N.C. Lawmaker Makes Push to Keep Police Better Protected from Gunfire

May 23, 2024
A Charlotte City Council member has proposed spending roughly $750,000 for new bulletproof vests and other police gear less than a month after four law enforcement officers were fatally shot.

In conversations at public events since April 29, Charlotte City Council member Tariq Bokhari says multiple police officers have told him the same thing: They need better protection from people who shoot at them.

Four law enforcement officers died from bullet wounds and four more were shot but survived that day after officers attempted to serve an arrest warrant on Terry Clark Hughes Jr. at an east Charlotte home.

If Bokhari gets his way, local police officers would receive an array of new equipment designed to better protect them from gunfire. He has proposed that the city spend about $750,000 for new bullet-proof vests, ballistic shields and “active shooter kits”.


The kits are bags of medical equipment designed for officers responding to such incidents. Other council members have expressed initial support for the idea.

The idea for the active shooter kits came from one of the officers who was shot and injured that day: Officer Jack Blowers, Bokhari said.

Before joining the Charlotte Mecklenburg Police Department last year, Blowers served as a member of special operations for the U.S. Army. CMPD declined to let The Observer interview Blowers.

Based on what Bokhari has heard, the gear he’s proposed probably would not have changed the outcome of the April 29 shooting, which killed CMPD officer Joshua Eyer, Deputy U.S. Marshal Thomas Weeks, and state Department of Adult Correction officers Sam Poloche and Alden Elliot. But it could make a difference in other cases, he said.

“This is a time to listen to the officers and listen to their wish lists on what they think will make them safe,” Bokhari said. ”If we don’t do this stuff now, we’ll never do it.”

Bullet-proof shields, vests and medical gear

At Monday’s city council budget workshop, Bokhari recommended that the city buy:

▪ 39 portable ballistic shields intended to protect officers from both handgun and high-powered rifle fire. That would be enough to provide three shields for each of CMPD’s 13 patrol divisions. The estimated cost: about $97,500.

▪ About 1,000 “outer-carrier” bullet-proof vests that officers would wear over their shirts. The vests would be cooler than the current bullet-proof vests that officers wear under their shirts, Bokhari said. They’d also minimize back strain by distributing the weight of gear. And they’d be equipped with harnesses that would allow officers to drag injured people out of harm’s way with one hand. Those vests would cost about $500,000.

Some CMPD leaders told him they are concerned that it might be too easy for assailants to grab hold of those vests, Bokhari noted. He said police and city officials are looking for ways to address those concerns.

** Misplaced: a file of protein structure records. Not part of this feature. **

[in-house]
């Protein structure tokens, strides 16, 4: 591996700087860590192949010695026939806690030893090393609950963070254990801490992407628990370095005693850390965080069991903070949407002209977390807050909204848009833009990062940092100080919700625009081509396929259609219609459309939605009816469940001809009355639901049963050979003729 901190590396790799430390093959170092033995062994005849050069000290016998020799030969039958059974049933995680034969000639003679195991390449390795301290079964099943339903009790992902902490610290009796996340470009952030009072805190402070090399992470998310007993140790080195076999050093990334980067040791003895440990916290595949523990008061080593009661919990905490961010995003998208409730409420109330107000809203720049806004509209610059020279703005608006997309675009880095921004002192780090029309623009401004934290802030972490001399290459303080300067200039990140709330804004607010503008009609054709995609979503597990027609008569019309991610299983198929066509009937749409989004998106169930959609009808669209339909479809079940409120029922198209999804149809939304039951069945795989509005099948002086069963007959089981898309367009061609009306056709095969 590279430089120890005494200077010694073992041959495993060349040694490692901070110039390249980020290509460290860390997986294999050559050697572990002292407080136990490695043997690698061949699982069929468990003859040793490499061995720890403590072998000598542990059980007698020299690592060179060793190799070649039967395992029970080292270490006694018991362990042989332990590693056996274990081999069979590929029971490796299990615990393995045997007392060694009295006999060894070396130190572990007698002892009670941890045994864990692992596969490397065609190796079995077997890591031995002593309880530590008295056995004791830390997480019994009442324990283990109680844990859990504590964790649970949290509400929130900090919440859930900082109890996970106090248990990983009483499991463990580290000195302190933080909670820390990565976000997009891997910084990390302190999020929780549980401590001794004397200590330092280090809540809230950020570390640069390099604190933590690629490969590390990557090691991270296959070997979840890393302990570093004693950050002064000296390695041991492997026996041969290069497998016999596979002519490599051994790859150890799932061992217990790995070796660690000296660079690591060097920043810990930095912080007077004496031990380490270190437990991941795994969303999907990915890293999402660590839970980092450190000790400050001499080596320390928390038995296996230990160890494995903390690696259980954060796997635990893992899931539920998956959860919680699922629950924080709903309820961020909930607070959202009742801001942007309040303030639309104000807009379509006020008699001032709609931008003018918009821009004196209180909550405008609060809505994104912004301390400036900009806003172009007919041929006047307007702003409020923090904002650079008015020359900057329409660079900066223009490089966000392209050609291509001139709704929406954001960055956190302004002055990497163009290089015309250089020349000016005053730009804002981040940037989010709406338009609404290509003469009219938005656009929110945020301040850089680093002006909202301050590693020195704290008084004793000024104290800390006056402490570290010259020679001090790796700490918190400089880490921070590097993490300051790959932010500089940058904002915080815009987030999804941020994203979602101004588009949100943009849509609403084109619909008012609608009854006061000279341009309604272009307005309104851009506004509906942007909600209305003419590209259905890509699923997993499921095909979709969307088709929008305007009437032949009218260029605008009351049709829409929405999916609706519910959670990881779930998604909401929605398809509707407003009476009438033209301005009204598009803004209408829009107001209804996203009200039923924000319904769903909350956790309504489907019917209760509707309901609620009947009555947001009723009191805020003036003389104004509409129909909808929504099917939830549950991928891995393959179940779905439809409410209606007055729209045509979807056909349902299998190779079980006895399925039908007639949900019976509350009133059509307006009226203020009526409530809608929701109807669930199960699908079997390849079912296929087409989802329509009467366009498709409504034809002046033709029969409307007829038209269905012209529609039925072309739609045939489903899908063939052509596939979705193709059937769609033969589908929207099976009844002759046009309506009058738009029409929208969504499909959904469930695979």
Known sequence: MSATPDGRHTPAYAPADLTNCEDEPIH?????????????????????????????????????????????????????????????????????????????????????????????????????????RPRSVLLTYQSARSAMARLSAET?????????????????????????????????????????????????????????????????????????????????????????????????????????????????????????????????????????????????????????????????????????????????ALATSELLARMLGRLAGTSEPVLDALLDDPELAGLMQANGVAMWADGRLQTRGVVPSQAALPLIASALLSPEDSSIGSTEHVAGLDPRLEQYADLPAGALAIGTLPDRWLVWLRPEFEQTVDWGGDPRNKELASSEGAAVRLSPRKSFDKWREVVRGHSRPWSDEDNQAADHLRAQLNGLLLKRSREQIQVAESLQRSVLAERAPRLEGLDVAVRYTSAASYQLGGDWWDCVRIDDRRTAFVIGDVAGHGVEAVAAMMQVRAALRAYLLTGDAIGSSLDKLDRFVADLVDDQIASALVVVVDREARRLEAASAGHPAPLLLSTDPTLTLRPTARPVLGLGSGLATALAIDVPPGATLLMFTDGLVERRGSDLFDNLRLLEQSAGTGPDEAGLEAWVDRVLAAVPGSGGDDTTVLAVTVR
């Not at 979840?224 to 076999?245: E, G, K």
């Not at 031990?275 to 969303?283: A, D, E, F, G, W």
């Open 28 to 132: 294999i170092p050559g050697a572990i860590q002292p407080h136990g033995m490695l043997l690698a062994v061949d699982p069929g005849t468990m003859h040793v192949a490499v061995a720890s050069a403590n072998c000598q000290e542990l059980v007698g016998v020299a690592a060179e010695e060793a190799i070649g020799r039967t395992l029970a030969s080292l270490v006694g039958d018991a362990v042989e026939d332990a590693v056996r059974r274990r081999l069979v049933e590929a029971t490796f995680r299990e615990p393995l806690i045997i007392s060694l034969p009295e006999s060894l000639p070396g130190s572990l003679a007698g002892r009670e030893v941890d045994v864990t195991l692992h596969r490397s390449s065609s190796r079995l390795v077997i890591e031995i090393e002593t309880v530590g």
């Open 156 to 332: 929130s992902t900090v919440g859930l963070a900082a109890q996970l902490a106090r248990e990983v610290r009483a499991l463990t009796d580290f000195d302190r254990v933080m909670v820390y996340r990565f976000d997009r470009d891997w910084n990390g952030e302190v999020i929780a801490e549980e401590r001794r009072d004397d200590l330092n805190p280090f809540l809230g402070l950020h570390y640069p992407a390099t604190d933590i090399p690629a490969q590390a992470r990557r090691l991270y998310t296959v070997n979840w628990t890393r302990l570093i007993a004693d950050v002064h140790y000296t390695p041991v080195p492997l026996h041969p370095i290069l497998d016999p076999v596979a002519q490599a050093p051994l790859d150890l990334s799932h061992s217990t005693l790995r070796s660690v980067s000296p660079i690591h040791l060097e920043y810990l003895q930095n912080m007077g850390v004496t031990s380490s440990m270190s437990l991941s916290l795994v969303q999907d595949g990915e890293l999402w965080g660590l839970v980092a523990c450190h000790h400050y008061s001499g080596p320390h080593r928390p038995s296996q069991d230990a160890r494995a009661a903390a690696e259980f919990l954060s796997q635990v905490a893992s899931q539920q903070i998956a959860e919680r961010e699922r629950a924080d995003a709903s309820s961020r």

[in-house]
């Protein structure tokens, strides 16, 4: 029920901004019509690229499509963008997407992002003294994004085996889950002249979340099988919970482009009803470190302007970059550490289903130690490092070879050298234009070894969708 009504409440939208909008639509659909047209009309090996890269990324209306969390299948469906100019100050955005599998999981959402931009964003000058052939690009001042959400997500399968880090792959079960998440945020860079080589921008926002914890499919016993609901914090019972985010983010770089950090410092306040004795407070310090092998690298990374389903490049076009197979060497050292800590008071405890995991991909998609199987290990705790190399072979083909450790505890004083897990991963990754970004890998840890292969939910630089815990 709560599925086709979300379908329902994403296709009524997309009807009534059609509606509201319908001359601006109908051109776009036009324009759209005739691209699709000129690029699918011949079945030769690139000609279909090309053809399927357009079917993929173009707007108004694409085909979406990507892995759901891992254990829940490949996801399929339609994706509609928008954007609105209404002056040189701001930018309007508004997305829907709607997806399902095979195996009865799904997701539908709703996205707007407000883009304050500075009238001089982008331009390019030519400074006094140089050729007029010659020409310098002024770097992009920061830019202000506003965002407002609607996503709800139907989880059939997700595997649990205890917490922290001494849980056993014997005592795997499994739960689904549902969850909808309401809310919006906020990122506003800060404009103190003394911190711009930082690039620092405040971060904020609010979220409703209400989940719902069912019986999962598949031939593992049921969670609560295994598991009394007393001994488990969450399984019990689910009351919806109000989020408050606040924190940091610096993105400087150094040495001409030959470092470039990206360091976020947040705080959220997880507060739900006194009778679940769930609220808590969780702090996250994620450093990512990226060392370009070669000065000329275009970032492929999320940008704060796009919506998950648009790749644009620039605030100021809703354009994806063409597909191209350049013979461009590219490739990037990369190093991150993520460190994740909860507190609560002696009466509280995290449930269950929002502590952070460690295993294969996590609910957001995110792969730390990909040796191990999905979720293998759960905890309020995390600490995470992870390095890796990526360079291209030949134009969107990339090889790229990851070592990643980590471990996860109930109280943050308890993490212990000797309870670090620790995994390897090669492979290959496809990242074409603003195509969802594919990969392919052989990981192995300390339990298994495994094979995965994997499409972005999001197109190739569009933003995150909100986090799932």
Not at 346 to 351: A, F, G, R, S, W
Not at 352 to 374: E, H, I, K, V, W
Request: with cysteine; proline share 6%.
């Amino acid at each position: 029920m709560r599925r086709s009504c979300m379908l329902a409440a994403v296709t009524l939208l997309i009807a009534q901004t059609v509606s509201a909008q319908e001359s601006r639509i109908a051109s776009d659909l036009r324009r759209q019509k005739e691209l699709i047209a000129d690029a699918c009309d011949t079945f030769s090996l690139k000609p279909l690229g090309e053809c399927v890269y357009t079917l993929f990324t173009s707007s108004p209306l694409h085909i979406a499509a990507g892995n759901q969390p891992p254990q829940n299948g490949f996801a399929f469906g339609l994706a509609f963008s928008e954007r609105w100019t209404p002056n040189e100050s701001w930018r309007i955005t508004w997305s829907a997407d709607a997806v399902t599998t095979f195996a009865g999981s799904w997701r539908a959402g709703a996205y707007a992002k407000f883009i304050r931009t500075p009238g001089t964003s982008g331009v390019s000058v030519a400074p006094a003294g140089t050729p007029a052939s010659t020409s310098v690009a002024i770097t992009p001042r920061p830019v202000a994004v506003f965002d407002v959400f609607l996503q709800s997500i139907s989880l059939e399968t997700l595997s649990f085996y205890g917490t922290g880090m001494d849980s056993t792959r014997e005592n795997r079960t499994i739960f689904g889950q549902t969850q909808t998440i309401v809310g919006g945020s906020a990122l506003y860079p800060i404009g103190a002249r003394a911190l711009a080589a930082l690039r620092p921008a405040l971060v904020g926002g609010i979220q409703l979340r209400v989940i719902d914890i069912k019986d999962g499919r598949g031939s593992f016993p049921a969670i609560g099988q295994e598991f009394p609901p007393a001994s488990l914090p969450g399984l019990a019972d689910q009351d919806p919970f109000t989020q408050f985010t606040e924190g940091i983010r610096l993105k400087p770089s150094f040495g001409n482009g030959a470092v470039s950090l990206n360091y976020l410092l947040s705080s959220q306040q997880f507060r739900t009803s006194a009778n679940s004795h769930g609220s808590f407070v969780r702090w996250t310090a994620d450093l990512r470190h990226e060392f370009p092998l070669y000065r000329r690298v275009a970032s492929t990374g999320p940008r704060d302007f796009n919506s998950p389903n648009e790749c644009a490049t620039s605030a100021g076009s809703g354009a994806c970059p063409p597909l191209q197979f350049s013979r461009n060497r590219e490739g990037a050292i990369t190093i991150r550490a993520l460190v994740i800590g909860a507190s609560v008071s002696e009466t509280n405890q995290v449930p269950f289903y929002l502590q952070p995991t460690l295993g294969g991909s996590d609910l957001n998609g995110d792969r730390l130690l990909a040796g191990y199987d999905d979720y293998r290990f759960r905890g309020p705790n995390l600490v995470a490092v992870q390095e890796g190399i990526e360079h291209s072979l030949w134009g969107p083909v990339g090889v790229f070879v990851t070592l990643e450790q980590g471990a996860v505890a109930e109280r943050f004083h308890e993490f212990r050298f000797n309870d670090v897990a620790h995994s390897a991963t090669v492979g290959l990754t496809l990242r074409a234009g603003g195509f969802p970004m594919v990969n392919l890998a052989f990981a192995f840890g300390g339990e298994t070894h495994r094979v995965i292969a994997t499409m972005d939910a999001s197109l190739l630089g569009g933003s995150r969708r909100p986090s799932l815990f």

▪ More than 1,200 active shooter kits. Among other things, those bags would include bandages, “trauma shears” for cutting through the clothing of injured people, and extra rifle and pistol magazines.

That equipment could help officers cope with situations akin to what they confronted on April 29, Bokhari said. On that day, some officers had to radio requests for more magazines after running out of ammunition, Bokhari said.

Each officer would be issued one of those kits and would be responsible for putting them in the same place in every squad car. The cost: about $150,000.

CMPD declined to discuss Bokhari’s budget request because the department can’t disclose “sensitive security information,” a department spokesperson said.

Protecting the protectors

During a budget workshop meeting on Monday, council members expressed initial support for buying the new equipment.

Council member Victoria Watlington, who chairs the council’s housing, safety and community committee, said she has asked city staff for information about what equipment CMPD currently has, but added:

“The priority is when we send people out to protect and serve that they themselves are protected sufficiently.”

City staff members will now investigate further in an effort to flesh out the spending requests. On May 30, council members will conduct a straw vote to determine whether they’ll add the proposed new police equipment to the budget. A final council vote on the budget is scheduled for June 10.

Speaking of the trauma caused by the April 29 shootings, Watlington said: “Now we’re trying to make sure we take that passion and that pain and turn it into action.


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